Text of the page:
Meet five female founders driving innovation
Barclays is committed to driving gender diversity, supporting the ambitions of female founders through initiatives such as the national network of Eagle Labs and the Barclays Accelerator, powered by Techstars. Five of the women leading game-changing businesses share how they are innovating in their industries – and their advice for aspiring entrepreneurs.
"I want to solve a $100bn problem"
- Nami Baral, Harvest
Nami Baral has accomplished a range of challenging feats: from getting chosen to study at Harvard to conducting cancer research with top medical faculty at Harvard Medical School and managing global teams at iconic companies like Twitter. Yet, she says describes starting her own business as “the hardest thing that I’ve ever done in my career”.
Describing her lightbulb moment, she says: “I found that most people across the economic spectrum suffered from the same kinds of structural financial problems. The average American has $38,000 of debt. Most Americans are living paycheck to paycheck. So I decided to create Harvest – a product that helps people reduce their debt footprint”.
It’s a huge endeavour that requires a flexible and scalable solution. “Harvest uses AI and machine learning to understand people’s unique financial situation and history. It then automatically negotiates with banks on behalf of consumers, to reduce the amount spent on bank fees like late fees, ATM charges, credit card interest rates and more. Bank fees alone are estimated to cost American consumers around $100bn a year.” When credit cards and personal loans are taken into account, the figure rises to more than a trillion dollars a year.
The issue Baral wants to address is complex, but doing so as a female immigrant founder has compounded the challenge. “I’m someone who has always worked hard and wanted to be a master of my own fate,” she says, “but it was striking how resourceful I had to be with a background like mine.”
This was especially evident during fundraising: “It is often harder for female founders to get funded. It’s not because venture capitalists don’t want to invest, it’s because they can’t pattern match you as easily with other leaders of their portfolio companies since female founders are few and far between, especially in fintech.”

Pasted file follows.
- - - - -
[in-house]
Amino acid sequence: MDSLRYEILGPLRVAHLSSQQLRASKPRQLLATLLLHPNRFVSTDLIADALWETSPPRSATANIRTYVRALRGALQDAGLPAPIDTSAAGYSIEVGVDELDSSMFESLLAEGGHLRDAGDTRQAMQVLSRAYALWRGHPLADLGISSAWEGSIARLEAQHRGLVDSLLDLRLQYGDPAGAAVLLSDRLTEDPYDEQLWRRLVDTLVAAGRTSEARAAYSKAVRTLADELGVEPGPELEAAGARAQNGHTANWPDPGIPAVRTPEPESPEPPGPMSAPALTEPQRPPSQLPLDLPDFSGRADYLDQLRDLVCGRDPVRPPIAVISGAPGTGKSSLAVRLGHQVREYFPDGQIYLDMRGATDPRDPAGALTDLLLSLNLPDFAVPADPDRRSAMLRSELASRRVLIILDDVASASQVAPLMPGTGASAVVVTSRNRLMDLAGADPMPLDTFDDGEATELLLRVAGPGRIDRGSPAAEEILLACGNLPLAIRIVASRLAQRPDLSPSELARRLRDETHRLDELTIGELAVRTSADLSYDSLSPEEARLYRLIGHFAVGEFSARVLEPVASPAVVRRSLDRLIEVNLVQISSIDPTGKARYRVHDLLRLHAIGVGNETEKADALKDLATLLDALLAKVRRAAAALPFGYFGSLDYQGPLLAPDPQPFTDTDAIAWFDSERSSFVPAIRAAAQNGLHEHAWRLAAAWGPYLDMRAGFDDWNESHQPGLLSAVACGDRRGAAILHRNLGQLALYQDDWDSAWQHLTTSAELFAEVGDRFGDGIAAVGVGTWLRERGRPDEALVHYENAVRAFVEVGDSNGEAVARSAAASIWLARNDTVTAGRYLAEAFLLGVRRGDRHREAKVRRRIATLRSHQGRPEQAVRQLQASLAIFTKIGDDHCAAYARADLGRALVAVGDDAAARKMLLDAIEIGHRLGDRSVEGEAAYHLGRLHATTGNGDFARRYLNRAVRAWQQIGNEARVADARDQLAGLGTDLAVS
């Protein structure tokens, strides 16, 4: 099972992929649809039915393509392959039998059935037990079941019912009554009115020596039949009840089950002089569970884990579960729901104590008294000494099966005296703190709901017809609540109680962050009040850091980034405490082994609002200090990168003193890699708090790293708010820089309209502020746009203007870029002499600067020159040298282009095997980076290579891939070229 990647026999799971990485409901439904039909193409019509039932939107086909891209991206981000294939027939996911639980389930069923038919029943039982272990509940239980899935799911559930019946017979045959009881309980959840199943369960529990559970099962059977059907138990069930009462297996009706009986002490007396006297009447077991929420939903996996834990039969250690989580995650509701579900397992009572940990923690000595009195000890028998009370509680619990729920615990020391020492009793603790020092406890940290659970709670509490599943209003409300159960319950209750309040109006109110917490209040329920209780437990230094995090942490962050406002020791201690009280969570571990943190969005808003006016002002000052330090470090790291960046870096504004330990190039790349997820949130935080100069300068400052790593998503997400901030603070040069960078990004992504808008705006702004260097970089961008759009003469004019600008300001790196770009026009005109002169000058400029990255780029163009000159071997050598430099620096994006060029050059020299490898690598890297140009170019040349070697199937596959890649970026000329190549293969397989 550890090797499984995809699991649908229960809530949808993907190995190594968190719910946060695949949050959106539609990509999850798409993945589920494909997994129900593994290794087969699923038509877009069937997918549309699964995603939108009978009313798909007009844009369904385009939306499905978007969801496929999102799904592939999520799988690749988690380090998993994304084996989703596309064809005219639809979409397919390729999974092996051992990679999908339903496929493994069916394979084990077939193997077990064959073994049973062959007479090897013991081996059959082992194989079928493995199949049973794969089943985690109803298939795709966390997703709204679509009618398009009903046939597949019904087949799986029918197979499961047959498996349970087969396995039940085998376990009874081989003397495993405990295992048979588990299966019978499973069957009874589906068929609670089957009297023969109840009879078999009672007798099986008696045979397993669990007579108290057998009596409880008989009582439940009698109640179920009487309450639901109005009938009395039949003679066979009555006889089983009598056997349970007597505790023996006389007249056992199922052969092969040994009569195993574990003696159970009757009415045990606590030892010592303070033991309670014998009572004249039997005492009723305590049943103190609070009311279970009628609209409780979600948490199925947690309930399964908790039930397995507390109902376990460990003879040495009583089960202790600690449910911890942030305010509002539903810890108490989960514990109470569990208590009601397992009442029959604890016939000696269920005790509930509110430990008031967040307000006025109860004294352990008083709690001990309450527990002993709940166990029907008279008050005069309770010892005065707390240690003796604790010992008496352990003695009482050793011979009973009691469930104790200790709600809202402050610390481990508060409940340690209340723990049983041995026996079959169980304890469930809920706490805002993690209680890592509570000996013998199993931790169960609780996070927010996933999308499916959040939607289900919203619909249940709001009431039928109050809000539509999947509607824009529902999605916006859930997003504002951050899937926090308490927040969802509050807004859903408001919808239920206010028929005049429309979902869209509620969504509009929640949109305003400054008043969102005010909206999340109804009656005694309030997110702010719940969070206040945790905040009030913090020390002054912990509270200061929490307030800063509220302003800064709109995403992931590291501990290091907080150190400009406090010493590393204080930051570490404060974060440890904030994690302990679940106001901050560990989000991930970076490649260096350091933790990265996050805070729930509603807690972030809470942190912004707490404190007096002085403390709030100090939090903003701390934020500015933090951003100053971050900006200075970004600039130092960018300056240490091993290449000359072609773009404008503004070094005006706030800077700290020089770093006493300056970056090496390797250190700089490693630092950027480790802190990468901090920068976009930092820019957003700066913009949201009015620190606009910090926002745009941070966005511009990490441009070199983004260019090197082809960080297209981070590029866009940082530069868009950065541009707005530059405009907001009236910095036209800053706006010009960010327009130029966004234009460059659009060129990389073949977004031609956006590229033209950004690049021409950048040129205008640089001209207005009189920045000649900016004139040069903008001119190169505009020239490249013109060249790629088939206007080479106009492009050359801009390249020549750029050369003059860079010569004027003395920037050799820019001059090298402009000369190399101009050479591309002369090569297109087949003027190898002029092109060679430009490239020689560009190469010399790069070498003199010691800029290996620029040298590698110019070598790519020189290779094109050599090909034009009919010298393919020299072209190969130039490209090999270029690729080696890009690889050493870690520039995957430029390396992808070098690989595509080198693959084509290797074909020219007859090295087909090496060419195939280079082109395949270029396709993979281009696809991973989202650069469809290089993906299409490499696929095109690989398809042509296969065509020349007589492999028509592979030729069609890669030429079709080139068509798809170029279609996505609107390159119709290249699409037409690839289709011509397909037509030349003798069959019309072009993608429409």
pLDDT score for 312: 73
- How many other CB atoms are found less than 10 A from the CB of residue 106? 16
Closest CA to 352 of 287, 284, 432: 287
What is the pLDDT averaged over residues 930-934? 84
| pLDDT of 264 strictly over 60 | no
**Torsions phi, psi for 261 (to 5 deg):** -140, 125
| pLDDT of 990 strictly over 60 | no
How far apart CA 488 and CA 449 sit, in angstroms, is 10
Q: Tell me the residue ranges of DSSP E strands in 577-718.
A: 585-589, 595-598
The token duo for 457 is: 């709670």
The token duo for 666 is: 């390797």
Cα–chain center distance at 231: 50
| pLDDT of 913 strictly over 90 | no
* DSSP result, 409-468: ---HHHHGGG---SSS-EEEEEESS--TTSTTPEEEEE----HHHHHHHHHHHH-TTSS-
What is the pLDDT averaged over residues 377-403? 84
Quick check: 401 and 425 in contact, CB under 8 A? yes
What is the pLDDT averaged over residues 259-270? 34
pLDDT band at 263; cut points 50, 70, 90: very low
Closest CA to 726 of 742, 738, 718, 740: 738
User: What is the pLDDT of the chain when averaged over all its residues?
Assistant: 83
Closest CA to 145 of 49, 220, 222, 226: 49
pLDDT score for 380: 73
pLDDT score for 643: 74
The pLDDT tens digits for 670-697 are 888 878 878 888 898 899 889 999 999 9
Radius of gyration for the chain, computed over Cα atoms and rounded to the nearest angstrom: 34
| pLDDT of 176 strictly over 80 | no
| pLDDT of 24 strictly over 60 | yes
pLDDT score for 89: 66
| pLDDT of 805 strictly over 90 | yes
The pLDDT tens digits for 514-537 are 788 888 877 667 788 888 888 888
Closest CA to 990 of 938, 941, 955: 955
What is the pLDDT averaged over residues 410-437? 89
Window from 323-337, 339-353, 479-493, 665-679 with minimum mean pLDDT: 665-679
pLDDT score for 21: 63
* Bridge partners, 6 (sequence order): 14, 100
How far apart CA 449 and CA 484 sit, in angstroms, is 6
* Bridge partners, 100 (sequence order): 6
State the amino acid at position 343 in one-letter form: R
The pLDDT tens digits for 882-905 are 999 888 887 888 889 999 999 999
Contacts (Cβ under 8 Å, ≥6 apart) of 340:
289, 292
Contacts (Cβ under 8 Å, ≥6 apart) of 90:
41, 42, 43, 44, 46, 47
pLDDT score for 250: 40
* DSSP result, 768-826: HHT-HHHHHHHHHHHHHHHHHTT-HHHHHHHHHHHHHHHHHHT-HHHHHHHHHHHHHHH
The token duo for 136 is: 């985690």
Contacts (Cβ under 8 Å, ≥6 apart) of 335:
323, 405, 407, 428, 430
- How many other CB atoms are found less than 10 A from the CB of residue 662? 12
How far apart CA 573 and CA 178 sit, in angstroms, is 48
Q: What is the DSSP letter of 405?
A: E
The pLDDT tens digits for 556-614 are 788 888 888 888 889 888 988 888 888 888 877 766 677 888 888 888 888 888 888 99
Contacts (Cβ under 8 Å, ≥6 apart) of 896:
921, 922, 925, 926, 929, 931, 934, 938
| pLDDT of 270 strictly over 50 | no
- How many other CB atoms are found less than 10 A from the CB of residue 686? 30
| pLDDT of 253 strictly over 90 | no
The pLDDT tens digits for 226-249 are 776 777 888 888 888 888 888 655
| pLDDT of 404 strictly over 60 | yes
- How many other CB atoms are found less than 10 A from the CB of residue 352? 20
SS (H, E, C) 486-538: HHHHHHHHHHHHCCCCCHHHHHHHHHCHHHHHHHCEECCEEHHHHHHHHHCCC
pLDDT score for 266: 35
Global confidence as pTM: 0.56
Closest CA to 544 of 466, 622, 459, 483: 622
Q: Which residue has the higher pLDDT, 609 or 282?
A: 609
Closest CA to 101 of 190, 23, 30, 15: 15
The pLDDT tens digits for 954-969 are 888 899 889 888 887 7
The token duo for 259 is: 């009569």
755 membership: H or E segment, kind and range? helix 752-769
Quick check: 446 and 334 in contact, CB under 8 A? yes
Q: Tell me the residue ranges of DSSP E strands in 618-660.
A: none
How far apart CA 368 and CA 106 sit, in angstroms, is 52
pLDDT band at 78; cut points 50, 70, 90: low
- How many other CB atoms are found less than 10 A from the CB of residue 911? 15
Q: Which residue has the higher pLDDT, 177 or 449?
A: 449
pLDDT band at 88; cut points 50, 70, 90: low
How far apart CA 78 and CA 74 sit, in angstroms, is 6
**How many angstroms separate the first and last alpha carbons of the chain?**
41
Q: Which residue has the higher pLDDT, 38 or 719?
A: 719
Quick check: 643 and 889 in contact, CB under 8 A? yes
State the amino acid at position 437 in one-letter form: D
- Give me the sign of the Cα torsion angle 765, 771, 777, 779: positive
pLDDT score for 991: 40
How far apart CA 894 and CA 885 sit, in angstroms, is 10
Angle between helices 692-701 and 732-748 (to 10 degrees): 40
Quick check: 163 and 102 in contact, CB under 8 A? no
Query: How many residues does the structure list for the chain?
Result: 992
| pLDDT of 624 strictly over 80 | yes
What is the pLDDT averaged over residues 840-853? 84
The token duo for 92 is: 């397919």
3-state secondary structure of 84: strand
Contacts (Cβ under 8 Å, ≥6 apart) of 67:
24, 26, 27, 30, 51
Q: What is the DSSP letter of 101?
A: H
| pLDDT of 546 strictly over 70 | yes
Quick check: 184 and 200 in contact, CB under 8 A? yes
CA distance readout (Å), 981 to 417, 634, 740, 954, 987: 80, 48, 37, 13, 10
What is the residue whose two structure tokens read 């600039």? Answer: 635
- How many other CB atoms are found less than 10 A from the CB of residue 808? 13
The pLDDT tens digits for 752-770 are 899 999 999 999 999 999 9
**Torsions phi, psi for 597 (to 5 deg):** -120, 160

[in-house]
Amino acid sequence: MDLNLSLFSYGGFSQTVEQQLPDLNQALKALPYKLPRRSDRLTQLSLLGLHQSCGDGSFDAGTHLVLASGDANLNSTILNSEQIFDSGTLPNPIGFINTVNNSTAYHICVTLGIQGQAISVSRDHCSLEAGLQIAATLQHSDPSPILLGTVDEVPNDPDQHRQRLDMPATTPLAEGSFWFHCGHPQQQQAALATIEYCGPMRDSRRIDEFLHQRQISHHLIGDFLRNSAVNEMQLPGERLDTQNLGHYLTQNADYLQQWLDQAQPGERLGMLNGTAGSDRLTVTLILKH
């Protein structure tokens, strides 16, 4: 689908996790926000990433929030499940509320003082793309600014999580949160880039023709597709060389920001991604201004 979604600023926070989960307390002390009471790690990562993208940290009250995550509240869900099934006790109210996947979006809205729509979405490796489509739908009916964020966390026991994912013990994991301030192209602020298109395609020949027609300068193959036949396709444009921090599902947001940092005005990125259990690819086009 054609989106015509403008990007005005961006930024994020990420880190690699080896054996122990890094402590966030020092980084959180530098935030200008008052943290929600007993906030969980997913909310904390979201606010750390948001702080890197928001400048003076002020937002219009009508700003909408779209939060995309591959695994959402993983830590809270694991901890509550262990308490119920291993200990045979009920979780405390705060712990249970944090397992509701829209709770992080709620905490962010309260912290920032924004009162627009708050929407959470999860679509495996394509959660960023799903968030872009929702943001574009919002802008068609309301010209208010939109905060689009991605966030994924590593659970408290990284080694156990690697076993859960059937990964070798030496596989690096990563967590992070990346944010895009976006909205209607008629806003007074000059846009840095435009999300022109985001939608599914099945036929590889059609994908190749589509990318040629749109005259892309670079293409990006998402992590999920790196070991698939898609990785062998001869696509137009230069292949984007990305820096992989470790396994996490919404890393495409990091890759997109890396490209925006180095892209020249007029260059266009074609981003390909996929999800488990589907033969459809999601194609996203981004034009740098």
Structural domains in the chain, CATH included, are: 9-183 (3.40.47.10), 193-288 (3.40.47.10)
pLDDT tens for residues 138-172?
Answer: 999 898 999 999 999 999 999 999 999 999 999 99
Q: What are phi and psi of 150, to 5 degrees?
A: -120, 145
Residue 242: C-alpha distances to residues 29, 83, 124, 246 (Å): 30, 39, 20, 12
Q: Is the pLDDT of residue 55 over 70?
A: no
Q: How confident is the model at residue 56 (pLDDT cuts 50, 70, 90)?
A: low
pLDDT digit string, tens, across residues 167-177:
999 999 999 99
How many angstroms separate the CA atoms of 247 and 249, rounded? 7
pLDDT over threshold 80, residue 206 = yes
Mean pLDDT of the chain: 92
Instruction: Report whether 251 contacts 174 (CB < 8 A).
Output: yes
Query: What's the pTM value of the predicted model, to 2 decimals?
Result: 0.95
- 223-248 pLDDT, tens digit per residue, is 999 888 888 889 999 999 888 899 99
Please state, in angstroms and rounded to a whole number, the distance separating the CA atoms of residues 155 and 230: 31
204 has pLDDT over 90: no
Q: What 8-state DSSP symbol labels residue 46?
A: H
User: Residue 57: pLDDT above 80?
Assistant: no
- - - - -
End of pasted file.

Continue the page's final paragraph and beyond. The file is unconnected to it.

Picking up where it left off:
Baral has succeeded despite these systemic prejudices, and Harvest has now been through two successful rounds of fundraising: “I have support from amazing investors who don’t tend to pattern match and who think outside the box – Barclays is one of them.”
The startup first took part in the Barclays Accelerator, powered by Techstars, before the bank joined as an investor, attracted by Harvest’s growth potential and social mission. Baral believes that Barclays’ networking and resource sharing support have brought game-changing opportunities: “It’s been amazing for me to draw on Barclays’ brand and network. It has helped my company accelerate to the next level.”
Baral advises would-be female entrepreneurs to commit to the journey sooner rather than later: “Don’t wait to start something you’re interested in. There’s never going to be a perfect time or a right time. Life will continue to happen, so jump in.”
"It's exciting to be building a new, fairer financial services system"
Bailey Kursar, Touco
Founded in 2018, Touco (formerly Toucan) is an app that helps carers and families safeguard and manage the finances of someone they're caring for. It helps vulnerable customers, including people living with long term mental health problems, keep on top of their money.
Before co-founding Touco, CEO Bailey Kursar worked in several early stage fintech startups, including Monzo and MarketFinance. She was always drawn to projects that could have an impact on an underserved group of people.
Her own experience of mental health problems, alongside her work with the research charity the Money and Mental Health Policy Institute, motivated her to start Touco. "I'd seen first-hand at Monzo how people were using the initial prepaid cards in their families, to give to elderly and vulnerable relatives to keep track of their spending. It seemed to me that this collaboration and support was an excellent use case for Open Banking".